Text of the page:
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Brussels interns to go on strike

Brussels interns to go on strike
By Euronews
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Having an internship has always seemed to be the most useful way for a student to spend a summer, even if it is an unpaid internship with poor working conditions. This general belief, however, will be protested by interns in Brussels on Wednesday in what they are calling “ The Sandwich Protest : against unfair internship conditions in Brussels…”

On Wednesday July 17, Brussels interns will protest in front of the European Parliament in Luxembourg Square from 11:00 a.m. to 1:00 p.m. They wish to raise awareness of their poor working conditions and what they consider unfair remuneration, with certain interns being paid, others underpaid and some not receiving any compensation for their work. The protest, created by BXL Intern, a group aiming to raise awareness about unfair internship conditions in Brussels, is organised through a Facebook page which states “Have you ever felt unpaid, underpaid or undervalued in an internship? When did you last have something else other than a sandwich for lunch?!”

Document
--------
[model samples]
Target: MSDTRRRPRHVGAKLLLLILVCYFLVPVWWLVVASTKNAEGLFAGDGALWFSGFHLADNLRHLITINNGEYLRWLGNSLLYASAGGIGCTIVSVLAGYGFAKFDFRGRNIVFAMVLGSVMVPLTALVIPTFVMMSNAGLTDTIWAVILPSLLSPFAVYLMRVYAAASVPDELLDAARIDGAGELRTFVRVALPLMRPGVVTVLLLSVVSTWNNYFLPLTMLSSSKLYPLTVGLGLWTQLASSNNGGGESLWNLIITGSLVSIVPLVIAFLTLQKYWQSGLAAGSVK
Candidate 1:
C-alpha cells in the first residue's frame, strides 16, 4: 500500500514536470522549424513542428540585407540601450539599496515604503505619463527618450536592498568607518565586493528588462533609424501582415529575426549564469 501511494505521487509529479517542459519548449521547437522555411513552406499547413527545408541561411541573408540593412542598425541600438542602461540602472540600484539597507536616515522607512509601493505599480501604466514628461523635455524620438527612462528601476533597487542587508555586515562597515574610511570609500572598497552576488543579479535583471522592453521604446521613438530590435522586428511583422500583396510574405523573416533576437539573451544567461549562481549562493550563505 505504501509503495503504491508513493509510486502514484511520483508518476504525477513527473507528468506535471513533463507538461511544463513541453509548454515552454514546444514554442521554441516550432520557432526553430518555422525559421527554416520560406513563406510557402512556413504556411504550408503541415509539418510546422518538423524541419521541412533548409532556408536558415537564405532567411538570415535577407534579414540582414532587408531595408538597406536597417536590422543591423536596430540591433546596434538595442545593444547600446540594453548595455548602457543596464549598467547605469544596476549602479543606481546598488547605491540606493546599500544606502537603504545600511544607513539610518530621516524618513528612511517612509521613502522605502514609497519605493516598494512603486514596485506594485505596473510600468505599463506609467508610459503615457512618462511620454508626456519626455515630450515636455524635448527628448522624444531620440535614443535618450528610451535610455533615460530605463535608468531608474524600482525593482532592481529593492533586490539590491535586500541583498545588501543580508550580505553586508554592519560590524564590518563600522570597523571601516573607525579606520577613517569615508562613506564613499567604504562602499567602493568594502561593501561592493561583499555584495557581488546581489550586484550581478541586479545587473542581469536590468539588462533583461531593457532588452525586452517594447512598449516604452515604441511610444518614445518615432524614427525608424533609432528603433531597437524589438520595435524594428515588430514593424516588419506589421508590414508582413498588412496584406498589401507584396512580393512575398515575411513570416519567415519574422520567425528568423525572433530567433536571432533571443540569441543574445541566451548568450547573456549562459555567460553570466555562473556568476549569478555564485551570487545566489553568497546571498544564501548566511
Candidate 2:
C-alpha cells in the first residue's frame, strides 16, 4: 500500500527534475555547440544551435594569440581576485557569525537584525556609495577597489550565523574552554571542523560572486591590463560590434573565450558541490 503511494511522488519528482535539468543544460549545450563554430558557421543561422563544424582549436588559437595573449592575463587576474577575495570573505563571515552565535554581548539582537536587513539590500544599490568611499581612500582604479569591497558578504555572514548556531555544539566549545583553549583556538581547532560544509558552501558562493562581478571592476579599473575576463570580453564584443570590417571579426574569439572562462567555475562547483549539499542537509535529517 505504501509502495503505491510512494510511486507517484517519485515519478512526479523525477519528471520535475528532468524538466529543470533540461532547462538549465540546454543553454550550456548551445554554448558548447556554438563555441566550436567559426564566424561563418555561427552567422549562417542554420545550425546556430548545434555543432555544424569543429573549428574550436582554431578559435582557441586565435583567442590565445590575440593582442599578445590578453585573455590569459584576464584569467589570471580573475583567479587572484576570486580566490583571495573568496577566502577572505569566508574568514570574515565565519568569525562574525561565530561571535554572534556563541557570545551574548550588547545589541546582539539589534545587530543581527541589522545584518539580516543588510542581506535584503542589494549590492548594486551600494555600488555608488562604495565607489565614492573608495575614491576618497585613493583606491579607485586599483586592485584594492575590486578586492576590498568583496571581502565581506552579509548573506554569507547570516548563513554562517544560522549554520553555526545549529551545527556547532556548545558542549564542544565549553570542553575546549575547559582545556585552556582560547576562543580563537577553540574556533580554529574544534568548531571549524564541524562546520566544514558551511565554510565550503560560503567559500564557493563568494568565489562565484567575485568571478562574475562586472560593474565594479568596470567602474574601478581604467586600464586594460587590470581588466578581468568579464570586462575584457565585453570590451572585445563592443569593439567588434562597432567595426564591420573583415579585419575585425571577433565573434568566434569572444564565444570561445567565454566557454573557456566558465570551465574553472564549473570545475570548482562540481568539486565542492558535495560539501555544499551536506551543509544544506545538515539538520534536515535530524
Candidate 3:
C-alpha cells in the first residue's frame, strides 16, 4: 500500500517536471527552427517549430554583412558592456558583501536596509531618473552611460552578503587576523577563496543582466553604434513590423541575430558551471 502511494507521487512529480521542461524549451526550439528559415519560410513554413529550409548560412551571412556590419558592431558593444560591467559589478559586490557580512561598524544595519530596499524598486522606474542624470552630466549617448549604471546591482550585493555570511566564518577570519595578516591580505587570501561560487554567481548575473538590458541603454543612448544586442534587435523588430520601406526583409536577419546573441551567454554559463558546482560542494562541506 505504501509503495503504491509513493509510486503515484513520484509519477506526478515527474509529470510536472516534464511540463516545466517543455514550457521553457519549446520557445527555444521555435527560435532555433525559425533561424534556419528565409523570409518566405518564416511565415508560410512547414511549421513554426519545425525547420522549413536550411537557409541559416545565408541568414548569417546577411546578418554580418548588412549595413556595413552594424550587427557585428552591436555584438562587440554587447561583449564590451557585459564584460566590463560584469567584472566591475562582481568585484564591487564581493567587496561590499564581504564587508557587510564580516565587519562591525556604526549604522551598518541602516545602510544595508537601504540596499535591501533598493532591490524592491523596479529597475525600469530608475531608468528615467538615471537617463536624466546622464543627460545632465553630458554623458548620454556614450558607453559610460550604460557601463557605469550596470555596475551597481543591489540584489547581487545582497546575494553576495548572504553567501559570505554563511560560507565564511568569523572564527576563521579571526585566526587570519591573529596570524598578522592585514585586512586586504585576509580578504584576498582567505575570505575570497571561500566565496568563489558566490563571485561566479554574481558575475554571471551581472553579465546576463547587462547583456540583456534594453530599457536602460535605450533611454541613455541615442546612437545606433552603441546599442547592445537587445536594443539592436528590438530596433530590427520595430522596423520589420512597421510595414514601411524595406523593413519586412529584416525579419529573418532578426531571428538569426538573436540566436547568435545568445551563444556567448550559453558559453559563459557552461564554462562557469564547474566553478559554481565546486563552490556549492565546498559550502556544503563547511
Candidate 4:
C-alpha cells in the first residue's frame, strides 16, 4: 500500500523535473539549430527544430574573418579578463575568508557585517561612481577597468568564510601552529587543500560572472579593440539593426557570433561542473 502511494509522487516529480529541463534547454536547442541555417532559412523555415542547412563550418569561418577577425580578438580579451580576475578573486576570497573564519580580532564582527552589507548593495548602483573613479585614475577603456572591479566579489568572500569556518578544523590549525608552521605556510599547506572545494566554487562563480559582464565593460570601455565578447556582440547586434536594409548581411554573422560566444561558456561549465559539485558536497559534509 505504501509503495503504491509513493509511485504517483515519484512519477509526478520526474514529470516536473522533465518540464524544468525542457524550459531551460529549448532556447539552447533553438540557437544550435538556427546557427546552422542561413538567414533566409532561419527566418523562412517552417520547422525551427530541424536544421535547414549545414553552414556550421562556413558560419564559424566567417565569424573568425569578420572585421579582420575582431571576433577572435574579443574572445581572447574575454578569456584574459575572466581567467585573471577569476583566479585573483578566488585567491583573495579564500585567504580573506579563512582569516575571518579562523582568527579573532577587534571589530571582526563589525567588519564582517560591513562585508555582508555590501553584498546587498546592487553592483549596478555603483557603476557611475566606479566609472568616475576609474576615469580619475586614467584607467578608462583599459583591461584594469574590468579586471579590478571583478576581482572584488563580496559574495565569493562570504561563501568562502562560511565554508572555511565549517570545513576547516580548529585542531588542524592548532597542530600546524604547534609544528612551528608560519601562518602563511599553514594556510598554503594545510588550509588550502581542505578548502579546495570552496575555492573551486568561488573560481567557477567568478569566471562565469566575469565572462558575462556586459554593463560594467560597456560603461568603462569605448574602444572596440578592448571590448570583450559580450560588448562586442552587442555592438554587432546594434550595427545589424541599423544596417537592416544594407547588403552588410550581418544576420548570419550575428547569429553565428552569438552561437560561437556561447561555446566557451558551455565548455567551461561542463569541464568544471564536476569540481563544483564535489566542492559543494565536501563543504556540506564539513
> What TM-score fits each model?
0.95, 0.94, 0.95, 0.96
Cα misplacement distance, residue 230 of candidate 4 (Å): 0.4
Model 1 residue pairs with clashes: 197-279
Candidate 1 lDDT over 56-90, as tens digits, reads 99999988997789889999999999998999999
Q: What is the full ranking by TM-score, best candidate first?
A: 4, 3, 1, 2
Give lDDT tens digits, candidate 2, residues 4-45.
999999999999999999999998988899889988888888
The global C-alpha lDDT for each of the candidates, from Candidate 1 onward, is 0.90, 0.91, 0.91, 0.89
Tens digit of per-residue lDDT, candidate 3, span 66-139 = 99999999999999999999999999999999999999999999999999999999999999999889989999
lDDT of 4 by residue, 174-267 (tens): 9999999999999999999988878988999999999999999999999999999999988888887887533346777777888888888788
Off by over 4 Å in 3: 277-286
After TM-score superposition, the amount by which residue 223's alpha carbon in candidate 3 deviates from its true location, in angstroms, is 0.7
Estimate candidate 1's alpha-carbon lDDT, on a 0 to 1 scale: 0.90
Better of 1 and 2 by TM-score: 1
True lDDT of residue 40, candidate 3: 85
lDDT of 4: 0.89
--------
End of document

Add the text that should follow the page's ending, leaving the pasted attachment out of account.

“We are not an association with a legal existence; we are a group of interns who get together over working conditions, who realize there are many wrong things in the internship world. So we are trying to organize an event to raise awareness for people,” Dagmar Glozewoki, co-organizer of The Sandwich Protest.

The protests organisers explain how the economic crisis should not lead to inappropriate conditions in the internship system which, they say, could cause young professionals to lose their passion. They believe that these poor conditions can create “a negative perception of the value of their work.” The interns also wish to raise awareness on behalf of people who are unable to accept an unpaid or low-paid internship, as they do not have the financial means (such as parental support) to sustain themselves. The group claims this creates social inequality as talented people are forced to turn down potentially great, unpaid, offers.

Dagmar stated that no specific demands will be made during the protests, preferring the movement to remain general, with no specific goal but that of raising awareness.

These types of allegedly exploitative, unpaid internships are often justified by companies, saying interns gain experience and sometimes credits for courses at school. Although these benefits might sometimes occur, it is not always the case. Several websites have erupted, such as Intern Black List, where the creators of the site list internships which do not respect Belgium internship laws. A survey has also been created on the internship conditions within the European parliament by the Youth Intergroup.

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